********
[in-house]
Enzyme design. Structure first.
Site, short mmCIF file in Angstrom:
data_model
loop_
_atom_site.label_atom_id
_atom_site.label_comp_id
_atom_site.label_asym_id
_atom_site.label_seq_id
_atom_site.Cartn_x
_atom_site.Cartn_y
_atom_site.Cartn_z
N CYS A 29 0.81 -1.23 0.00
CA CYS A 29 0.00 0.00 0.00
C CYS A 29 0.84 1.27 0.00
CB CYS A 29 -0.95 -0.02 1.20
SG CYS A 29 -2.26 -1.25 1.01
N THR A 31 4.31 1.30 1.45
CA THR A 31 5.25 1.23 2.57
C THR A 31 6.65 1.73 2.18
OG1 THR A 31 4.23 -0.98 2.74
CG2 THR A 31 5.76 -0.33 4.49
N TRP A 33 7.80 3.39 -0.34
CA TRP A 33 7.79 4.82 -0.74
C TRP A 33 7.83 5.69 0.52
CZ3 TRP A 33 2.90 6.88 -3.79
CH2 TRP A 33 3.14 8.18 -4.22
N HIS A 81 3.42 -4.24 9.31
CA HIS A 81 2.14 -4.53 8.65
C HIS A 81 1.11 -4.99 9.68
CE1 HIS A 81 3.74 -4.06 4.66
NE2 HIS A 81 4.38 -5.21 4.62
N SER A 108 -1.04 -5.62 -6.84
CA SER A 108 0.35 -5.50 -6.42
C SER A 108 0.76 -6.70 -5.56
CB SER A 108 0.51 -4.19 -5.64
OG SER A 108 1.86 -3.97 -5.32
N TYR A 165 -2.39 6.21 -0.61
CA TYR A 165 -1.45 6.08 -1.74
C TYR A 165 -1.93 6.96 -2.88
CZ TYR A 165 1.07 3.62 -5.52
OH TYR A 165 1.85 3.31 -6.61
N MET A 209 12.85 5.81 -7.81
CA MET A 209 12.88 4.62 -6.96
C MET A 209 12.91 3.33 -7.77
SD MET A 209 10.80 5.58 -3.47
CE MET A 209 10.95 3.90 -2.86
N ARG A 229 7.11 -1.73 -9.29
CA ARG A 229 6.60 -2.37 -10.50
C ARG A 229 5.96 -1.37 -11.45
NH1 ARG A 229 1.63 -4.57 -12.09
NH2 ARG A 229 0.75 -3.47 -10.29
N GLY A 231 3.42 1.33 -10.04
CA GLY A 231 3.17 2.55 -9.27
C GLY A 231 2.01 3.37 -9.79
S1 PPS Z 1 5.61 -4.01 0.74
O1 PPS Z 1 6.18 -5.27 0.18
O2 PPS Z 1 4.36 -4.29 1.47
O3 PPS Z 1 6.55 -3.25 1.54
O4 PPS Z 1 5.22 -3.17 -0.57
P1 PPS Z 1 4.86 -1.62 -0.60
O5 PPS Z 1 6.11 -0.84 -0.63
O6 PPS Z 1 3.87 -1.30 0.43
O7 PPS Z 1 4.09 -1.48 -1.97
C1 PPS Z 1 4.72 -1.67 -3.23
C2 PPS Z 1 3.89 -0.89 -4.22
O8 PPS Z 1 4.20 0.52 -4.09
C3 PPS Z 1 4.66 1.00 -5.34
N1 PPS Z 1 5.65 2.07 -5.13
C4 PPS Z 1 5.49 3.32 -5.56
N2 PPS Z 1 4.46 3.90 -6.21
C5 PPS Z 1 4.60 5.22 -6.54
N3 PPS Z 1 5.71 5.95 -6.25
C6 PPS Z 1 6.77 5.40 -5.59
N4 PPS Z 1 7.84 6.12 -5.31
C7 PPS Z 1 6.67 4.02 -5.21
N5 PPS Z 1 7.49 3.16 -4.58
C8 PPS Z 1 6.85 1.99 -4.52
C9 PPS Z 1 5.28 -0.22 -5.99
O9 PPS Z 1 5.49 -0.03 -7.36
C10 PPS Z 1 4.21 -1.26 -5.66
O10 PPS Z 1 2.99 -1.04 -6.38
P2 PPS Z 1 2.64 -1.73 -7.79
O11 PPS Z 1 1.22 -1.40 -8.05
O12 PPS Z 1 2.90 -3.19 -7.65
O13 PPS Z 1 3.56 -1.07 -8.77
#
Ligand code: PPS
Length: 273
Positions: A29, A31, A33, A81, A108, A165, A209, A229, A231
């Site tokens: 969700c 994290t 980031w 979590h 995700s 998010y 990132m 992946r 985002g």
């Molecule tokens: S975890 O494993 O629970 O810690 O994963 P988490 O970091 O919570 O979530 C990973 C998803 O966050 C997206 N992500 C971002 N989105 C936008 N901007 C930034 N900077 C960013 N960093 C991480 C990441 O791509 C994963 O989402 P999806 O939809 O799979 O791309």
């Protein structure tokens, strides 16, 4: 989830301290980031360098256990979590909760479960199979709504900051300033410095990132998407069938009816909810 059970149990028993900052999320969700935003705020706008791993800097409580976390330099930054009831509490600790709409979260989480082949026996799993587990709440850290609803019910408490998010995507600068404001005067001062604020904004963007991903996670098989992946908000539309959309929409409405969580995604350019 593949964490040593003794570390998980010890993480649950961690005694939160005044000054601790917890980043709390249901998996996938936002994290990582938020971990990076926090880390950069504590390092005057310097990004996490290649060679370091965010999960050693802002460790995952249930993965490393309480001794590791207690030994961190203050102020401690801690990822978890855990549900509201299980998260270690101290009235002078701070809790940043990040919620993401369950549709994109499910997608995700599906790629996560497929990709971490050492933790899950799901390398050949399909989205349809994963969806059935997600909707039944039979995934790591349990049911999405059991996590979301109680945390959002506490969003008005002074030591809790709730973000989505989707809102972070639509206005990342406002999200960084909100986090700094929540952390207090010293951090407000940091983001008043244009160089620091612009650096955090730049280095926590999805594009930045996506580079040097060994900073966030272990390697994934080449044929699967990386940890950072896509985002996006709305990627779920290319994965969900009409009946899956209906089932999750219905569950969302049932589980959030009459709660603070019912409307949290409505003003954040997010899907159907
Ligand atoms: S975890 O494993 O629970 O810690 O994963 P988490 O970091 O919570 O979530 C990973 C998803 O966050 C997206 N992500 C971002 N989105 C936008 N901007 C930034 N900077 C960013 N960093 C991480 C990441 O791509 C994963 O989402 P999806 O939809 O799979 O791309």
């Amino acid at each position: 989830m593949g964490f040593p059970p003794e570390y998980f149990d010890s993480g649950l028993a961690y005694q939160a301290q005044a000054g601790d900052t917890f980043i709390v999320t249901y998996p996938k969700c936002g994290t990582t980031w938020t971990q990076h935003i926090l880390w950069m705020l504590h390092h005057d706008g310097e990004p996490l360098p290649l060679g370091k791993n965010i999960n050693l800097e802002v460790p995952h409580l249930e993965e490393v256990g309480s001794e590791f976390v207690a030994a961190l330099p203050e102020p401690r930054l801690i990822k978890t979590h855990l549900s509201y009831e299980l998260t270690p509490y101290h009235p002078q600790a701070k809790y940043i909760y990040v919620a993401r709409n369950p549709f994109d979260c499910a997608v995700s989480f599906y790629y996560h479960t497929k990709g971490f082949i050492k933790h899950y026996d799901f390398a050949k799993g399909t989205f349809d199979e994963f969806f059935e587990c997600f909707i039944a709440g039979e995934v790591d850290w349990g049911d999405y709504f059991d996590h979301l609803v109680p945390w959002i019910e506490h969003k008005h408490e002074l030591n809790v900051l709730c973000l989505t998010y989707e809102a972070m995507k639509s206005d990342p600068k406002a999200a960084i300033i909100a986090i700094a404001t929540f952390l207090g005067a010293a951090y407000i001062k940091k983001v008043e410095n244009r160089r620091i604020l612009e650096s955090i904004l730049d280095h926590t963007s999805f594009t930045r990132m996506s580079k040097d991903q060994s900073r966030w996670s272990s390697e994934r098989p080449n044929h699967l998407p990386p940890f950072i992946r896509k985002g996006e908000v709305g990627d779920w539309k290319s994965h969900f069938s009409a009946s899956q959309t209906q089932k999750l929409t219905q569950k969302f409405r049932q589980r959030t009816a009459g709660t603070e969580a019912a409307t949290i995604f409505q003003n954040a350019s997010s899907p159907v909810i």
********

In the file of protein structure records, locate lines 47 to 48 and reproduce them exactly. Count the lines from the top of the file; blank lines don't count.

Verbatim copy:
CE MET A 209 10.95 3.90 -2.86
N ARG A 229 7.11 -1.73 -9.29